Only flexible exchange rate will pull Kenya out of currency shock, IMF says
The International Monetary Fund (IMF) says a flexible exchange rate will help Kenya insulate its economy from the external shocks facing its local currency, at a time when it is trading at record highs, stifling supply chains .
The weakening of the Kenyan shilling raised fears that the depreciation could further affect consumer prices.
The shilling hit a new record high against the dollar after weakening to 117.04 on Friday, signaling a continued rise in prices for imported goods like fuel and cooking oil.
If the shilling falls further, the risk is that distressed consumers – already hit hard by steep food and fuel price hikes – will become reluctant ahead of the key 2022 election.
“Kenya’s economy has shown remarkable resilience in very difficult circumstances,” an IMF spokesman said Friday in response to business daily requests.
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“In this context, a flexible exchange rate is an important shock absorber.”
The Central Bank of Kenya (CBK) maintains that it is committed to a flexible exchange rate regime and will not deviate from this policy despite the weakening of the shilling.
“We are fully committed to a flexible exchange rate regime. We know the benefits of it and we are not deviating from it,” CBK Governor Patrick Njoroge said earlier.
The Central Bank Governor then said that Kenya is committed to maintaining a floating exchange rate, adding that the bank only intervened to smooth excess volatility.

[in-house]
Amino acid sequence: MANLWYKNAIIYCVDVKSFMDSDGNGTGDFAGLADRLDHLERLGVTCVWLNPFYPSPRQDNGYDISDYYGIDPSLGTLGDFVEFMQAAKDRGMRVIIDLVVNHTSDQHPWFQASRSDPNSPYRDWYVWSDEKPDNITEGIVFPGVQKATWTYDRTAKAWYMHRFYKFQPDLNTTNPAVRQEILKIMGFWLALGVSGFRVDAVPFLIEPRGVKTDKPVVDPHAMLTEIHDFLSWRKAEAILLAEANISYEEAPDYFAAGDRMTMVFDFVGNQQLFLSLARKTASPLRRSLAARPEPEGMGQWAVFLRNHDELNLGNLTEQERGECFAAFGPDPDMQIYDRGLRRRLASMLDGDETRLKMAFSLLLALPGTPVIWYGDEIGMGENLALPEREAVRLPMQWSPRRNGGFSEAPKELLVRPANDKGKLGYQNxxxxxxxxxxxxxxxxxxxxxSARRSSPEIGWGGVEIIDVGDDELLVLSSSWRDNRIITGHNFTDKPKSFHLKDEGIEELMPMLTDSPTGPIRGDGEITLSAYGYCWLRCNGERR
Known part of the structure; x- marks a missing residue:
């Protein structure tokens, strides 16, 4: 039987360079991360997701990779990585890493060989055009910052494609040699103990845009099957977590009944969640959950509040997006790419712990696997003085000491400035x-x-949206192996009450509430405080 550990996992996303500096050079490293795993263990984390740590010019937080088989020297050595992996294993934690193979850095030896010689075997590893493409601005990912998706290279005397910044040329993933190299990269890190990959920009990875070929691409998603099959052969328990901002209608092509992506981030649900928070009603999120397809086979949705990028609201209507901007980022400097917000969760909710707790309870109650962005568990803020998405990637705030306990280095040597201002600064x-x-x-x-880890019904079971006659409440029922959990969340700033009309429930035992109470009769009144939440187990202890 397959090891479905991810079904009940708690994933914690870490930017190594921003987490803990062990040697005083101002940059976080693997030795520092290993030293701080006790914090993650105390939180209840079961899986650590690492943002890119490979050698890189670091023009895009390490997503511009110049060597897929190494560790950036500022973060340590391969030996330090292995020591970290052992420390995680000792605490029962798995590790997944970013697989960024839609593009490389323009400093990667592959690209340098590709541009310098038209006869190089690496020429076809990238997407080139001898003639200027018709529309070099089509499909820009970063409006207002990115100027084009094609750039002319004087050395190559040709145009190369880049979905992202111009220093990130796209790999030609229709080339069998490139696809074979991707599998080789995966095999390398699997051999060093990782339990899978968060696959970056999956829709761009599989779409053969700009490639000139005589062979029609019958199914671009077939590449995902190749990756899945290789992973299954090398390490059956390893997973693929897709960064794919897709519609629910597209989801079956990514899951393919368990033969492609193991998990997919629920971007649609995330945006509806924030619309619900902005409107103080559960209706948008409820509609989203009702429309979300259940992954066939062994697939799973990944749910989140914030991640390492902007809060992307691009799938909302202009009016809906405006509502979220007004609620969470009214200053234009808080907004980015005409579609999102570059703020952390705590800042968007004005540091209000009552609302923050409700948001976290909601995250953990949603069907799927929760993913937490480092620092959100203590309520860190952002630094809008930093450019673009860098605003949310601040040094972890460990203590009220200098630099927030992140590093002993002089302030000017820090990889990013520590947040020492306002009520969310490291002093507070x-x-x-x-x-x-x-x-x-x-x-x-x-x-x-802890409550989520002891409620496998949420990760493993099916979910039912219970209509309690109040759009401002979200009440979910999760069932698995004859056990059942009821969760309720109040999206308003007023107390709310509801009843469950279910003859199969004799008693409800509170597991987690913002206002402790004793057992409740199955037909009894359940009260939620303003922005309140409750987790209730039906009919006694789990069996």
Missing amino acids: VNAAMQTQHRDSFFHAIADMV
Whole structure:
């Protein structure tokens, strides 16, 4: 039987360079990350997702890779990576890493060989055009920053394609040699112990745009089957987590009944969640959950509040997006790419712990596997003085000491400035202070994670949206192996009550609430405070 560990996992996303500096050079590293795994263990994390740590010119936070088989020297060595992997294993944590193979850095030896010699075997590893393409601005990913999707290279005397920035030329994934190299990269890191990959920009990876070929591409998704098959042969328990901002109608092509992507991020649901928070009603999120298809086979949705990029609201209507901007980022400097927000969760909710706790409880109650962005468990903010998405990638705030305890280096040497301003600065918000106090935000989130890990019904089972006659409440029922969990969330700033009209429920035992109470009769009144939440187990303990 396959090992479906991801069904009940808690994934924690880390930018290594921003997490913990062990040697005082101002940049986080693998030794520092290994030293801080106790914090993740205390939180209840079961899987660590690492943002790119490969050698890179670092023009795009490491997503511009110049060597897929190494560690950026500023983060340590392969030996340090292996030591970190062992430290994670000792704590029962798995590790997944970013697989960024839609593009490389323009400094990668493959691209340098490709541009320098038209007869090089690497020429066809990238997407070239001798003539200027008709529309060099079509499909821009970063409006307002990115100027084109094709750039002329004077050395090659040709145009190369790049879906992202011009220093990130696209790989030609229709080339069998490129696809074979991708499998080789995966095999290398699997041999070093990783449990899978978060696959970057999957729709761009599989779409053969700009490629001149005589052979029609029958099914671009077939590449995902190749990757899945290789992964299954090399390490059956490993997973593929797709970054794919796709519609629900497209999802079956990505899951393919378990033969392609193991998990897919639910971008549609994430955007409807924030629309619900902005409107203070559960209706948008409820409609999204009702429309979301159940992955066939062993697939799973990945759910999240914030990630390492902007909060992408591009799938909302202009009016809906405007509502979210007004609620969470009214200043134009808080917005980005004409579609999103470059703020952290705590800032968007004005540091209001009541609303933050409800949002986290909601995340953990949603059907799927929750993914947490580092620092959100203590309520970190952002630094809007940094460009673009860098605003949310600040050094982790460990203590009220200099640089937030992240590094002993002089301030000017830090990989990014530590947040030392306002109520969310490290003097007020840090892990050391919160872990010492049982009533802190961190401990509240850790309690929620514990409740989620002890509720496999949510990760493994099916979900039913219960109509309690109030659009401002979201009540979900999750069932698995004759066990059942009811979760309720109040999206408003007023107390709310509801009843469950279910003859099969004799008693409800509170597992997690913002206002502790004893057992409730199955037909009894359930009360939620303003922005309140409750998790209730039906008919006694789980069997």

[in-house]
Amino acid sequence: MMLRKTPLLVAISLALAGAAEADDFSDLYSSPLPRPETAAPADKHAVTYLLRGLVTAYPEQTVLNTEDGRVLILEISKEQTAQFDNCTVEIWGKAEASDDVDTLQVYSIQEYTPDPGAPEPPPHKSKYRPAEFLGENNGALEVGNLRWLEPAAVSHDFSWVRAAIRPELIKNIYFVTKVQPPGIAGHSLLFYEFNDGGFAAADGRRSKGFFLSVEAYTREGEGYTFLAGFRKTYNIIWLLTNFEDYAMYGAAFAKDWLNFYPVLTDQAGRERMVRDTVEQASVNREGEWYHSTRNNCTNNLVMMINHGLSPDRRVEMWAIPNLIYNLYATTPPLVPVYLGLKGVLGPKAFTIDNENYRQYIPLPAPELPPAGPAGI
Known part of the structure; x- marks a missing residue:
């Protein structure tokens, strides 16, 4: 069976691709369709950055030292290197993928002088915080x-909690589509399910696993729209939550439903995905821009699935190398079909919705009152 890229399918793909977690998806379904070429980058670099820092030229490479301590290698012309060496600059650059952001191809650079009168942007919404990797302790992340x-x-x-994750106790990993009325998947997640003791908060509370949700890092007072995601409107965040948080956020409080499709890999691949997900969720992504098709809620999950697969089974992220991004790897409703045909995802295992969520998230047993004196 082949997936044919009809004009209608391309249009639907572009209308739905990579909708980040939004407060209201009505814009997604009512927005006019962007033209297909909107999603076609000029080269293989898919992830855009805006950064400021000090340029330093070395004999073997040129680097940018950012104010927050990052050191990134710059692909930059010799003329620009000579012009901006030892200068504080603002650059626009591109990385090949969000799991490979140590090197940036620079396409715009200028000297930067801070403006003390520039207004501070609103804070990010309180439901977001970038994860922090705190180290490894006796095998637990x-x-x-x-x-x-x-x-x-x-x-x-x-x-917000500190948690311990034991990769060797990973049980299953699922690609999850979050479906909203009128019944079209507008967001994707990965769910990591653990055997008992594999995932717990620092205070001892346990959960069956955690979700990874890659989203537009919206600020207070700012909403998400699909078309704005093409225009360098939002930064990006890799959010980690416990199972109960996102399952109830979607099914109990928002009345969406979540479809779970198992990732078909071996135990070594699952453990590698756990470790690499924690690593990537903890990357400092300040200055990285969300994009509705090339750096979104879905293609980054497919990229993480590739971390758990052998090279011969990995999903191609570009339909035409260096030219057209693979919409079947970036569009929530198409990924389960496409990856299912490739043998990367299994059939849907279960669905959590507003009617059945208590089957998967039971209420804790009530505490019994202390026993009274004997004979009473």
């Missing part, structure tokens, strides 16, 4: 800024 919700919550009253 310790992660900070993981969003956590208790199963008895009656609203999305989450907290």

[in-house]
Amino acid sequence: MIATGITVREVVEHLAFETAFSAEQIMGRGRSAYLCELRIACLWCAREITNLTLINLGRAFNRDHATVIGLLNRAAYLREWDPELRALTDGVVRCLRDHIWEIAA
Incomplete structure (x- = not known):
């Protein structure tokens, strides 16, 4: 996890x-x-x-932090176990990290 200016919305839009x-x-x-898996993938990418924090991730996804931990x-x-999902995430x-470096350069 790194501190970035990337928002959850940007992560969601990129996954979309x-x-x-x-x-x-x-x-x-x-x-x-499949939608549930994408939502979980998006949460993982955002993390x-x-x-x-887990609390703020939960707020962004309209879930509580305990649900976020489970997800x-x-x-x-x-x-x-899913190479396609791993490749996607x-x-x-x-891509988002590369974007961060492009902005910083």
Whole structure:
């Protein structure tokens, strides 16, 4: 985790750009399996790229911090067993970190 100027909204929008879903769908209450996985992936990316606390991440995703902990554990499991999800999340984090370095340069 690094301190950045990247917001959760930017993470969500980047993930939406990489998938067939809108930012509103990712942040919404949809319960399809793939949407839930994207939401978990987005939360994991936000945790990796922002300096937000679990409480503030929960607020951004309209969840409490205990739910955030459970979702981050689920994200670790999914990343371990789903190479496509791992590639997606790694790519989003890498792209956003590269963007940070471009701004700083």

The current ongoing weakening has hit manufacturers who have sounded the alarm over dollar shortages and cited a struggle to settle payments to monitor suppliers on time.
Dr Njoroge recently downplayed the level of depreciation and disputed claims about dollar supply constraints.
The IMF said on Friday it would continue to provide financial support to Kenya through its regularly reviewed Extended Financing Facility and Extended Credit Facility programs agreed with Kenya previously.
Kenya has not applied for a short-term liquidity line created in 2020 to help member countries with strong fundamentals weather the novel coronavirus pandemic, the IMF added.
“The IMF is supporting Kenya under the ongoing EFF/ECF arrangements. At the next review, which is expected to be completed this summer, Kenya would have access to about $244 million (28.5 billion shillings),” the IMF said.
“No access requests have been made under the SLL and the SLL is not designed to operate concurrently with other IMF-supported programs.”
The Kenya Association of Manufacturers (KAM) said in April that its members had faced strained relations with suppliers due to dollar liquidity in the market, at a time when competition for raw materials has increased. intensified globally due to rising demand amid continued supply chain constraints.
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The Kenyan currency has suffered from the strengthening of the US dollar which has appreciated by 6.8% since the beginning of the year, following recent rate hikes which have made the greenback a safe haven for investors amid a difficult environment. Global uncertainties following Russia’s invasion of Ukraine, analysts said. .
The central bank’s monetary policy committee adopted a tightening stance in May, raising its key interest rate for the first time in nearly seven years to anchor inflation expectations amid concerns over commodity prices raw increase.
The monetary policy committee raised the rate by 50 basis points to 7.5%.